Going electric on the water

Almost all rowing clubs use some form of safety boat or coach boat, almost always propelled by a gas-powered motor.

Rowing BC is now working on a pilot project looking at the potential of rechargeable electric motors for safety boats. They have applied to Clean BC for funding and hope to set up six clubs with three different kinds of eoutboards. 

Rechargeable outboards, versus gas models, are a way for clubs and regattas to reduce greenhouse gas emissions. 

Brenda Taylor, who is organizing the pilot project, says the eoutboard technology is changing quickly, and becoming more affordable and more user-friendly, because of the demand from customers, including rowing and sailing clubs. 

Rowing BC has applied for a grant through the Clean BC Commercial Vehicle Pilots project to pilot the use of electric outboards. The CVP program  is designed to accelerate the adoption of commercial ZEVs (eg medium and heavy duty, on road, offroad, rail, marine etc)

This all started because Brenda was enquiring about rebates/subsidies for eoutboards (as there are for ZEVs). Clean BC said they aren’t currrently offering rebates for eoutboards, recognize that is a gap, but need more data to support the case for rebates, so encouraged her to apply for the CVP grant.
To accelerate the adoption of electric outboards by:
1) demonstrating the business case,
2) providing clubs with objective, relevant and easily-accessible information on cost, performance, user-experience and other benefits with which to make informed purchasing decisions, and
3) to increase awareness of the benefits and feasibility of  eoutboards and to provide the “electric curious” with first-hand experience with them, in a real-world setting .
One of the goals is to provide the “electric curious” with first hand experience with electric outboards, in a real-world setting .
Project details:
Pilot the use of 6 eoutboards in 4-6 pilot clubs in BC for a full year. We will test 3 types (Elco EP20, Torqeedo Cruise 10 and Pure Watercraft)- all roughly equivalent to 15-25hp gas outboards and each will have 2 batteries. They will be tested on 3-4 different types of launches (Carolina Skiff, inflatable, tin, catamaran).. Pilot clubs were selected to provide a range of use scenarios (crew speeds,launch type,  type of program -eg Learn to row, competitive etc), water body (lake, river, sea), and to maximize the number of people who would be exposed to the outboard or get a chance to use it.  Pilot clubs have been selected but not yet confirmed.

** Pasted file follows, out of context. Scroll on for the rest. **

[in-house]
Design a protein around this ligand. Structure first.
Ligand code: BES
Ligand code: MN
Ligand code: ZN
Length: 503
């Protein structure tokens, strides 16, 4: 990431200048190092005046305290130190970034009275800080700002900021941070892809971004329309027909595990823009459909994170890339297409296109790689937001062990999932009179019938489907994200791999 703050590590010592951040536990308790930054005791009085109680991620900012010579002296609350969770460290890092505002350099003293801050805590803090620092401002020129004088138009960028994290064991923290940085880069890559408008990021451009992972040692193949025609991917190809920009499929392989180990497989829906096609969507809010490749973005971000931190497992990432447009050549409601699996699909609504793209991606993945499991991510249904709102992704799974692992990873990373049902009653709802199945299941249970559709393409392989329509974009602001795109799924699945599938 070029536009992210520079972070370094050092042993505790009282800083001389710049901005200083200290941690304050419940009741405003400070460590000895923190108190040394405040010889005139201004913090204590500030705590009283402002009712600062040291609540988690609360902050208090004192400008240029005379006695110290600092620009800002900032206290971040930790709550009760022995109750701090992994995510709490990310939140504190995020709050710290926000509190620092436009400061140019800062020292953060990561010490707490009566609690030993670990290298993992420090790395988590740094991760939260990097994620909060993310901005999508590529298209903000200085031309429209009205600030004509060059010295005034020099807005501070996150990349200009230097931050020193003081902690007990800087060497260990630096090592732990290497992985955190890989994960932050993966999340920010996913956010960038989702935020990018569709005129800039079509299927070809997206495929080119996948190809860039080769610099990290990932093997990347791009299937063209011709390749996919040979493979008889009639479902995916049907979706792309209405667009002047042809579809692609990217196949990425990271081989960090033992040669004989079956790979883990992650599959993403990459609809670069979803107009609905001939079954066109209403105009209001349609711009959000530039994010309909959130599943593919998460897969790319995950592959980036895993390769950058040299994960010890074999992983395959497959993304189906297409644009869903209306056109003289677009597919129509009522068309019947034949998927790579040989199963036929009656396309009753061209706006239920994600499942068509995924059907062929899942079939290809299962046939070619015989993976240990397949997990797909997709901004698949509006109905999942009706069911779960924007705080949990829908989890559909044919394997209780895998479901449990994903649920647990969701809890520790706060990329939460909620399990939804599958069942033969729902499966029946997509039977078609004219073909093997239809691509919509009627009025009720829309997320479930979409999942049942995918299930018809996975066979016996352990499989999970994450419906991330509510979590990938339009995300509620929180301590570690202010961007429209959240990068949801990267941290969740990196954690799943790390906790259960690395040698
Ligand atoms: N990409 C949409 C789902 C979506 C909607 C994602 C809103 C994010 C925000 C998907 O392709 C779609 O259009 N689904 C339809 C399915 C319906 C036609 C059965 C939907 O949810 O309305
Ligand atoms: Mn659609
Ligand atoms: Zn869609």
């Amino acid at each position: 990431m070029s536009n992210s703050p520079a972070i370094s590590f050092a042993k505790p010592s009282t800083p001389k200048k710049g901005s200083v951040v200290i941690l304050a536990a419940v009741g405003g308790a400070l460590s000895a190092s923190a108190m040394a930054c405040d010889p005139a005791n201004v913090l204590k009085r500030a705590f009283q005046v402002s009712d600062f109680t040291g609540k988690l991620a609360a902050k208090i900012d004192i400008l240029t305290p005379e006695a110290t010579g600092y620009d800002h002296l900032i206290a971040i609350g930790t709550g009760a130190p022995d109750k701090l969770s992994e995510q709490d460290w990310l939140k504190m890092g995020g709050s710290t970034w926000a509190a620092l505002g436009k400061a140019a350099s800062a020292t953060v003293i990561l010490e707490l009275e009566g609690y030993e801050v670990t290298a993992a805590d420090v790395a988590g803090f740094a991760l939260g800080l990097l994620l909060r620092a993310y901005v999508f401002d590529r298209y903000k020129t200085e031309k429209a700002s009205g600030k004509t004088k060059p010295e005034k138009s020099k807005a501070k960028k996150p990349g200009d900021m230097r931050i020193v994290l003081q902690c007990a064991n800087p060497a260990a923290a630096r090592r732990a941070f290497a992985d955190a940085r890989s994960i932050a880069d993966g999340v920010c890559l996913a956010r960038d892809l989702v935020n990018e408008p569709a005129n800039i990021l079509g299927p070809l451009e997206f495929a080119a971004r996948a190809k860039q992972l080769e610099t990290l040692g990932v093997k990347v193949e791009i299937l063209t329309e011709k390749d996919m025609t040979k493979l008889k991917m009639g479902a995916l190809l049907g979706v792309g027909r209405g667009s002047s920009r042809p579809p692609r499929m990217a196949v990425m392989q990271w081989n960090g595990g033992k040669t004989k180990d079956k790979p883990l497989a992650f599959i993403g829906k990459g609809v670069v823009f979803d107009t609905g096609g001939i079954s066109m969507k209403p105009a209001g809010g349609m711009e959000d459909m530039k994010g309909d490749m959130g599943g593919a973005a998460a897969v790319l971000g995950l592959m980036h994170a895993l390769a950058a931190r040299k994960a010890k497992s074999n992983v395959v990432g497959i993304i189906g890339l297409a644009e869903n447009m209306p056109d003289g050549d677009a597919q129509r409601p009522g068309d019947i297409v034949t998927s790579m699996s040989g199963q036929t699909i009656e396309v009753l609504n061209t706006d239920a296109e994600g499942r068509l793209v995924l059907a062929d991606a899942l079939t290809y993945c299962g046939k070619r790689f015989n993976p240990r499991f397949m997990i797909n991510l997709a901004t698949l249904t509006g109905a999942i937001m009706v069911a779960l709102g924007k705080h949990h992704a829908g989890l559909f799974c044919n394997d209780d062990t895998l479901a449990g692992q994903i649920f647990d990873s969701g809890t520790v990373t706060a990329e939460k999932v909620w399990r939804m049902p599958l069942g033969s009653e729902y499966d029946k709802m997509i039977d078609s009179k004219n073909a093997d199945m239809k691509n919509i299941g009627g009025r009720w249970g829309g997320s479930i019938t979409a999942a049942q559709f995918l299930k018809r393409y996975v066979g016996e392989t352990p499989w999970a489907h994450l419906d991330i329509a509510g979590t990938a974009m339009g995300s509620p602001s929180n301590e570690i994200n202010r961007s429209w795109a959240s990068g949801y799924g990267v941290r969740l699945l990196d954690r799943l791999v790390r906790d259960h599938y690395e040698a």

Data to be collected on eoutboard and gas outboard with similar use (at each club): performance, user experience, fuel consumption, GHG and air pollution emissions (calculated from fuel consumption), operating costs, downtime (due to maintenance etc), noise.
Brenda says they will also be running demo days to give others a chance to try them out and they will be used in both training and for regattas.
As part of preparing the grant application, she says it became clear that few clubs keep accurate records of fuel consumption, hours of engine use, maintenance costs. This project will fill this gap as well as providing information on eoutboards.
The plan is to create a resource/toolkit to help clubs decide whether to “go eletcric”, what factors to consider when choosing an eoutboard, including the number of batteries, charging infrastructure and other practical tips..
Brenda Taylor says the industry is exploding and there are now LOTS of eoutboard options out there, though many are not yet readily available. Torqeedo and Elco have both been around for awhile and are available. PWC is new, but were designed with rowing in mind (at least in part). They have a number of rowers working for them and have tested prototypes at different rowing clubs (they are based  out of Seattle).
Brenda says static umpiring is another way that regatta organizers could consider as a way of reducing greenhouse gas emissions at their events.